Striking News from the AACC 5th Annual Energy Conference

“What is striking is to listen to energy players that are doing business in both the United States and Australia basically say the same thing that energy independence from the Middle East is 10 years away, ” said Wayne O’Neill, CEO of Wayne O’Neill & Associates, in an interview after attending the Australian American Chamber of Commerce 5th Annual Energy Conference in Houston.   He went on to say, “In 2000, we were talking about “peak oil” and basically we were not able to support ourselves at all.”

Wayne O'Neill at AACC Energy Conference

Two major changes have taken place to make such a difference:

1.  The ability to horizontally drill

2.  The leveraging of hydraulic fracturing


Companies such as:  Apache, Aurora Oil & Gas, Antares Energy, all the way up to the majors like ConocoPhillips all looking to going back to existing oil fields that that they had long abandoned interest in basins as the Permian Basin in Odessa, Texas.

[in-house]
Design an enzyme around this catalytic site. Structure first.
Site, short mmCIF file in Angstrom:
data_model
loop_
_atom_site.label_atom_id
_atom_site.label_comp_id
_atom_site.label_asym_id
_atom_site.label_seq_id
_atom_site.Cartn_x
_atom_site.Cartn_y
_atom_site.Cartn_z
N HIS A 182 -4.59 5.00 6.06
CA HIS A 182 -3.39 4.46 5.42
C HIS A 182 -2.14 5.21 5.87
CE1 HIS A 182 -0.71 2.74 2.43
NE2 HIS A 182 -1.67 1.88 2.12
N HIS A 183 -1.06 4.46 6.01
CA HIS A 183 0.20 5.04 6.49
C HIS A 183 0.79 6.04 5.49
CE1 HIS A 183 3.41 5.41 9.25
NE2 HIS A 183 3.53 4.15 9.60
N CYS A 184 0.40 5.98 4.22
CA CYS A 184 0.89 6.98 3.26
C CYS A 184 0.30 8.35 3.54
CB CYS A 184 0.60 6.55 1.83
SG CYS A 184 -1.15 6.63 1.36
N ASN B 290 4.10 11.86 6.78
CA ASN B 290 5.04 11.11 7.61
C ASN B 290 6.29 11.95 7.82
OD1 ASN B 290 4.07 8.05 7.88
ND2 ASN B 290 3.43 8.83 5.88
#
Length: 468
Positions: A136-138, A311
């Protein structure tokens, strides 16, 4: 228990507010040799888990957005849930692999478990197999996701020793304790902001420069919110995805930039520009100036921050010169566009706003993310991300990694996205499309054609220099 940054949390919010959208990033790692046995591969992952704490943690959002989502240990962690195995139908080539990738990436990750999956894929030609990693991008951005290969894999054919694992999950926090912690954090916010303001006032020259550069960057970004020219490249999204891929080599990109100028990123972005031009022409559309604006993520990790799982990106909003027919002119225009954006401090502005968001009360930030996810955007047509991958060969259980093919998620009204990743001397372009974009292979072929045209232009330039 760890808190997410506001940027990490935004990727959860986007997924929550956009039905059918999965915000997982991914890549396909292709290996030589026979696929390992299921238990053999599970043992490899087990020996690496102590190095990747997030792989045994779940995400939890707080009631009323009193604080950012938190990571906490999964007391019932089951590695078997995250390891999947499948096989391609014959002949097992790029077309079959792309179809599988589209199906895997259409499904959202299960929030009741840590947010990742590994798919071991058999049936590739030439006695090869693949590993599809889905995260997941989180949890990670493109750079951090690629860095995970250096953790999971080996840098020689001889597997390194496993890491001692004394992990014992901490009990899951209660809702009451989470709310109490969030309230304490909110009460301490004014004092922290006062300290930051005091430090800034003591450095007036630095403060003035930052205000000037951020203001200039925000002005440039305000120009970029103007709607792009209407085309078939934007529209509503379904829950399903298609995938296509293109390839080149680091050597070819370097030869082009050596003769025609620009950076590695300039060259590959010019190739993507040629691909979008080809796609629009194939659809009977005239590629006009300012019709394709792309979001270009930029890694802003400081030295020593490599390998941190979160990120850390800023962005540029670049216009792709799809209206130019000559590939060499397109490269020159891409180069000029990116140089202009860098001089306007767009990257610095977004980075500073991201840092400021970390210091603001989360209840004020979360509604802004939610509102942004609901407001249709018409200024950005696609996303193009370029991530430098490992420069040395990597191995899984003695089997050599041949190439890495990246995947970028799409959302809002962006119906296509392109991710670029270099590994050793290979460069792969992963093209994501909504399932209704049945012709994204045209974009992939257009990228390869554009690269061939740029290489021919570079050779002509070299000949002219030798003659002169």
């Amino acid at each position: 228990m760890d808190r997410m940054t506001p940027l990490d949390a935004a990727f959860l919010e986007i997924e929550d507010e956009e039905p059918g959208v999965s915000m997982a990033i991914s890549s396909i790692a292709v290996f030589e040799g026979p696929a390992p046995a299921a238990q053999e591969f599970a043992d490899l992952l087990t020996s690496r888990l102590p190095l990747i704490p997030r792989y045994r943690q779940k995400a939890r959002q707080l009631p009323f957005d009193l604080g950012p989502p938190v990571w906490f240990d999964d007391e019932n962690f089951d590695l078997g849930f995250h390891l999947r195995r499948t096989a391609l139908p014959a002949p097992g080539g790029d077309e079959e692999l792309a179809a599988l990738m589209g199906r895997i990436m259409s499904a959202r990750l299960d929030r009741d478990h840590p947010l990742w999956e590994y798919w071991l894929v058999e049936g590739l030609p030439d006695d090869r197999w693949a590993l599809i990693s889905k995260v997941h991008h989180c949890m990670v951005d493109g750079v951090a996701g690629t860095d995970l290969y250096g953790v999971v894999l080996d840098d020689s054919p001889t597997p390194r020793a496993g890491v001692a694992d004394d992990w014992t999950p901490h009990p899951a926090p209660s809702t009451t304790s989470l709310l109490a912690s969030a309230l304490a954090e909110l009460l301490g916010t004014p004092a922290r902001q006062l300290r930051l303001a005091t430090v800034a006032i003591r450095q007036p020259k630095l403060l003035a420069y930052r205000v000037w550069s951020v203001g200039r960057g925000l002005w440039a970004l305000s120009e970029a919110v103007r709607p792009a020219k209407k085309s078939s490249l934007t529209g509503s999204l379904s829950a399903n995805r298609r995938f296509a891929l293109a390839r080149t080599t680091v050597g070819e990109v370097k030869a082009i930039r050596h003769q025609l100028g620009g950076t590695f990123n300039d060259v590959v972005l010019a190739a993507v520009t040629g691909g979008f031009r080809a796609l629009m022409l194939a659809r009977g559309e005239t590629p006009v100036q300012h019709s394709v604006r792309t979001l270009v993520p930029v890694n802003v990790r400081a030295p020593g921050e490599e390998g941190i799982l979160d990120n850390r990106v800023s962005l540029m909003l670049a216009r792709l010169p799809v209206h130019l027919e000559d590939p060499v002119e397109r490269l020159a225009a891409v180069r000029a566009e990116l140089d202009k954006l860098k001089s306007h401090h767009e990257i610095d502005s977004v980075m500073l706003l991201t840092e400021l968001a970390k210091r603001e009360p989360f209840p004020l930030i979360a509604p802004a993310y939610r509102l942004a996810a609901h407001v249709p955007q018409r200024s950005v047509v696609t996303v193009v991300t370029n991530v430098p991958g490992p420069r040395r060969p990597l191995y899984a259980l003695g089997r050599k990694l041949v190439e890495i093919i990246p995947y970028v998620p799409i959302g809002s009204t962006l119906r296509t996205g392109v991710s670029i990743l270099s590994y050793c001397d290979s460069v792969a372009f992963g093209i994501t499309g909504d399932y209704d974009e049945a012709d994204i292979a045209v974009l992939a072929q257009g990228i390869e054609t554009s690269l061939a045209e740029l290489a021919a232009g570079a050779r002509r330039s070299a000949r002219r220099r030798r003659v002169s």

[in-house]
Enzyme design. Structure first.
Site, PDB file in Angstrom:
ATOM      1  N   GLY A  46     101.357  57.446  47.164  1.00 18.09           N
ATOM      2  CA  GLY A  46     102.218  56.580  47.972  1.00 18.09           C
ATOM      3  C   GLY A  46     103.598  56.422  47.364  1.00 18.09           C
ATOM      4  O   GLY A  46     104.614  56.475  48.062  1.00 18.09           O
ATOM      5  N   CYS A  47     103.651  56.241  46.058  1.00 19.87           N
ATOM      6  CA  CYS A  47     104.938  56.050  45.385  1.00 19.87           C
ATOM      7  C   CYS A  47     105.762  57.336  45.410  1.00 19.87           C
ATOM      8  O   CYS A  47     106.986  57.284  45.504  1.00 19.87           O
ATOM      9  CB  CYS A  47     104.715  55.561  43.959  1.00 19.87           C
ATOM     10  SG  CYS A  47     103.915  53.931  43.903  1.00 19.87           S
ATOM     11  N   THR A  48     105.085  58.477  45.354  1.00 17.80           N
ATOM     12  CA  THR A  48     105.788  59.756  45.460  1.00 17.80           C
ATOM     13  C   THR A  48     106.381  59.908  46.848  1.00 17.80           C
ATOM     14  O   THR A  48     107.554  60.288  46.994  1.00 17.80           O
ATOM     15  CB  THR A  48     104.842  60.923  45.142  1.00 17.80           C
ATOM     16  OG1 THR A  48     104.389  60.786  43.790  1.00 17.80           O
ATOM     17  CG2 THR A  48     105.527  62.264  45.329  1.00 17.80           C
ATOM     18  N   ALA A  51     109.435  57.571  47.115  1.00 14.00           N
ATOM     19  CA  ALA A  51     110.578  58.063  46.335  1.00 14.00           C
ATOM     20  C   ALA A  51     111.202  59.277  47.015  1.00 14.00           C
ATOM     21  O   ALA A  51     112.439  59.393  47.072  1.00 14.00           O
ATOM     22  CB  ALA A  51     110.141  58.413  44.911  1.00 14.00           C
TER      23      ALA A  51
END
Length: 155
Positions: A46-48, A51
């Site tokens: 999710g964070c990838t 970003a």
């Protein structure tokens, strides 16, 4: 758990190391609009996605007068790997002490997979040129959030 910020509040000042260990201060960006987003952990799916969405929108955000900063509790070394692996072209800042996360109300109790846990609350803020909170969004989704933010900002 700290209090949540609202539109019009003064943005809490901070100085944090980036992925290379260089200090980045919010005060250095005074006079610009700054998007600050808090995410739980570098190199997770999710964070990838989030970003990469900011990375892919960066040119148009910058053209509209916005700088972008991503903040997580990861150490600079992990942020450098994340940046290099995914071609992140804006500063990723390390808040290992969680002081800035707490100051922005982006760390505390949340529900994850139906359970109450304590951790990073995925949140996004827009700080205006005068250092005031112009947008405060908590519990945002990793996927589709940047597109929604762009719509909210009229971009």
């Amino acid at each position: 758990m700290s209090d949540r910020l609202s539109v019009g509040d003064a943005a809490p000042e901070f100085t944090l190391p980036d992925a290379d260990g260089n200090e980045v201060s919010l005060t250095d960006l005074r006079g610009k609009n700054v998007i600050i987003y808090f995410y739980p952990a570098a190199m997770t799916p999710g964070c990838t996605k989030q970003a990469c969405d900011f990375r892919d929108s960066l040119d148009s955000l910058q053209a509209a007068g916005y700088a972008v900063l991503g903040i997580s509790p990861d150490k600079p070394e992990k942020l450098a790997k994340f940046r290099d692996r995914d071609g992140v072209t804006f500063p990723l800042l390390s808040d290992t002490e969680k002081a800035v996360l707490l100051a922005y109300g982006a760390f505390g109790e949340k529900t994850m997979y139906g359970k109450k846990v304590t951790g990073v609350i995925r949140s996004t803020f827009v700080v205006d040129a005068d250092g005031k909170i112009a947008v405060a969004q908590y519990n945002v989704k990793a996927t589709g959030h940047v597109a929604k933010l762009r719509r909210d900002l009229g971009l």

“A second striking change is that all the energy companies need technology to leverage “Big Data” to go faster and be more effective in these new extraction processes.  These companies are now awash with cash in ways they haven’t been over the last 30 years, but now they can extract even more and deliver more energy independence to the U.S. in the next 10 years, ” Wayne stated.


Greg Foley, Business Development Manager of Stonebridge Technologies and Past President of AACC, and Colin McHattie, Director of Technical Assessment, Consulting & Project Management of Halliburton Energy Services, reinforced this in their welcome.  They stated, “The United States has recently experienced an unforeseen expansion in domestic production due to the application of unconventional technologies in both unconventional and conventional reservoirs.  New world class reserves have been discovered in several basins in Texas alone.  Indeed, there is now a surplus of natural gas and NGLs providing cheaper energy to consumers and fostering a resurgence of the petrochemical and manufacturing industries.  Many other countries look to the United States for its wealth of experience in this area, and as the Australian industry embarks on a multitude of fledgling unconventional programs in numerous basins spanning the continent, there will be many lessons to be shared.”


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